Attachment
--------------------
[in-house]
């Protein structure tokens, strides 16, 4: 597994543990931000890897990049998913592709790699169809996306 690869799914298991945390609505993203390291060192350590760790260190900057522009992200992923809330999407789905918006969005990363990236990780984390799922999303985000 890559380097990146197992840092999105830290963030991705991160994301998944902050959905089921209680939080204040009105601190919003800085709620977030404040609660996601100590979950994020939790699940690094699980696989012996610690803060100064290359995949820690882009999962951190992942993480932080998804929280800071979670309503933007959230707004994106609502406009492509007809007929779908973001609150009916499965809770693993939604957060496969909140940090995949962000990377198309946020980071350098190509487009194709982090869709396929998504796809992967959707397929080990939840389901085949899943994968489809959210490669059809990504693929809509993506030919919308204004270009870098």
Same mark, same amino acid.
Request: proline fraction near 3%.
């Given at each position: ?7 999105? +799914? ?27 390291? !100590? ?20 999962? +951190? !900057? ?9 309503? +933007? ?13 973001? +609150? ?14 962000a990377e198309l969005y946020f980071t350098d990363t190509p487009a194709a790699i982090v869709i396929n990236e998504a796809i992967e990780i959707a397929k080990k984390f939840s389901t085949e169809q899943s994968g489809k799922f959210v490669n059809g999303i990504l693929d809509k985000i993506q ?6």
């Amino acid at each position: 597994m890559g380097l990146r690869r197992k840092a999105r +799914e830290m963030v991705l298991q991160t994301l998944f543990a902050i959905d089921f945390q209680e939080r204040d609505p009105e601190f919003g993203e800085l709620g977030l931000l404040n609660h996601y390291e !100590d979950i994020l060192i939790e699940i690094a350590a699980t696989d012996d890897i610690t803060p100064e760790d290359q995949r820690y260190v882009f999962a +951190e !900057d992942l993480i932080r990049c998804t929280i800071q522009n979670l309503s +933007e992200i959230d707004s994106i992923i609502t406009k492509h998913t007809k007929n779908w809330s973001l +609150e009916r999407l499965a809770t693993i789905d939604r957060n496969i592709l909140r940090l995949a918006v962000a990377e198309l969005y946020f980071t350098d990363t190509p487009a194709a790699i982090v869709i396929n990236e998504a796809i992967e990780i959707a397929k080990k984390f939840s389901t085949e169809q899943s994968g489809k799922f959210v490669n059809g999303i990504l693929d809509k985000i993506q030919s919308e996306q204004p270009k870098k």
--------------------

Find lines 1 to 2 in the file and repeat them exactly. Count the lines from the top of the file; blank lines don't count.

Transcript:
[in-house]
């Protein structure tokens, strides 16, 4: 597994543990931000890897990049998913592709790699169809996306 690869799914298991945390609505993203390291060192350590760790260190900057522009992200992923809330999407789905918006969005990363990236990780984390799922999303985000 890559380097990146197992840092999105830290963030991705991160994301998944902050959905089921209680939080204040009105601190919003800085709620977030404040609660996601100590979950994020939790699940690094699980696989012996610690803060100064290359995949820690882009999962951190992942993480932080998804929280800071979670309503933007959230707004994106609502406009492509007809007929779908973001609150009916499965809770693993939604957060496969909140940090995949962000990377198309946020980071350098190509487009194709982090869709396929998504796809992967959707397929080990939840389901085949899943994968489809959210490669059809990504693929809509993506030919919308204004270009870098």